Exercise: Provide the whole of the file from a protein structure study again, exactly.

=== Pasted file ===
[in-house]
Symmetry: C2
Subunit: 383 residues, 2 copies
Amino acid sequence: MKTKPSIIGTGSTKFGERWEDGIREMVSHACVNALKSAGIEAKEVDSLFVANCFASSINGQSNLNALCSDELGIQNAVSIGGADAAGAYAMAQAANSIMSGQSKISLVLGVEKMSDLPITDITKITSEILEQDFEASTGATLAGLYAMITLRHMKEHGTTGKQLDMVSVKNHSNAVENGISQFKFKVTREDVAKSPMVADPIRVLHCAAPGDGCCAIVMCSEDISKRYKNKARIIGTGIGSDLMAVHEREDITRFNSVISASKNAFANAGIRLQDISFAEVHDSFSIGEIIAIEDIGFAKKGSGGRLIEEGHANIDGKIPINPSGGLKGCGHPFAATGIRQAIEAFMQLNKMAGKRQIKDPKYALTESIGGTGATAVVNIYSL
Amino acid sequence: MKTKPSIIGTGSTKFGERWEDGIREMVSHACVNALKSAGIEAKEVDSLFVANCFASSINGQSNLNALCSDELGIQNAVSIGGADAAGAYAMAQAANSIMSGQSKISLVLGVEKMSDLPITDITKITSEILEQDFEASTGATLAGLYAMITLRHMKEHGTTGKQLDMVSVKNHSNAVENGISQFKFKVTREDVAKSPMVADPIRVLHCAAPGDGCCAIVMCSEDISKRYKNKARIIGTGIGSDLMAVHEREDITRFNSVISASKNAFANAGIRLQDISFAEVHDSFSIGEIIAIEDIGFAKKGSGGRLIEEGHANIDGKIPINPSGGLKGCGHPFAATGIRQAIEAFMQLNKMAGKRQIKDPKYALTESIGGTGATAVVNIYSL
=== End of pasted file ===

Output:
[in-house]
Symmetry: C2
Subunit: 383 residues, 2 copies
Amino acid sequence: MKTKPSIIGTGSTKFGERWEDGIREMVSHACVNALKSAGIEAKEVDSLFVANCFASSINGQSNLNALCSDELGIQNAVSIGGADAAGAYAMAQAANSIMSGQSKISLVLGVEKMSDLPITDITKITSEILEQDFEASTGATLAGLYAMITLRHMKEHGTTGKQLDMVSVKNHSNAVENGISQFKFKVTREDVAKSPMVADPIRVLHCAAPGDGCCAIVMCSEDISKRYKNKARIIGTGIGSDLMAVHEREDITRFNSVISASKNAFANAGIRLQDISFAEVHDSFSIGEIIAIEDIGFAKKGSGGRLIEEGHANIDGKIPINPSGGLKGCGHPFAATGIRQAIEAFMQLNKMAGKRQIKDPKYALTESIGGTGATAVVNIYSL
Amino acid sequence: MKTKPSIIGTGSTKFGERWEDGIREMVSHACVNALKSAGIEAKEVDSLFVANCFASSINGQSNLNALCSDELGIQNAVSIGGADAAGAYAMAQAANSIMSGQSKISLVLGVEKMSDLPITDITKITSEILEQDFEASTGATLAGLYAMITLRHMKEHGTTGKQLDMVSVKNHSNAVENGISQFKFKVTREDVAKSPMVADPIRVLHCAAPGDGCCAIVMCSEDISKRYKNKARIIGTGIGSDLMAVHEREDITRFNSVISASKNAFANAGIRLQDISFAEVHDSFSIGEIIAIEDIGFAKKGSGGRLIEEGHANIDGKIPINPSGGLKGCGHPFAATGIRQAIEAFMQLNKMAGKRQIKDPKYALTESIGGTGATAVVNIYSL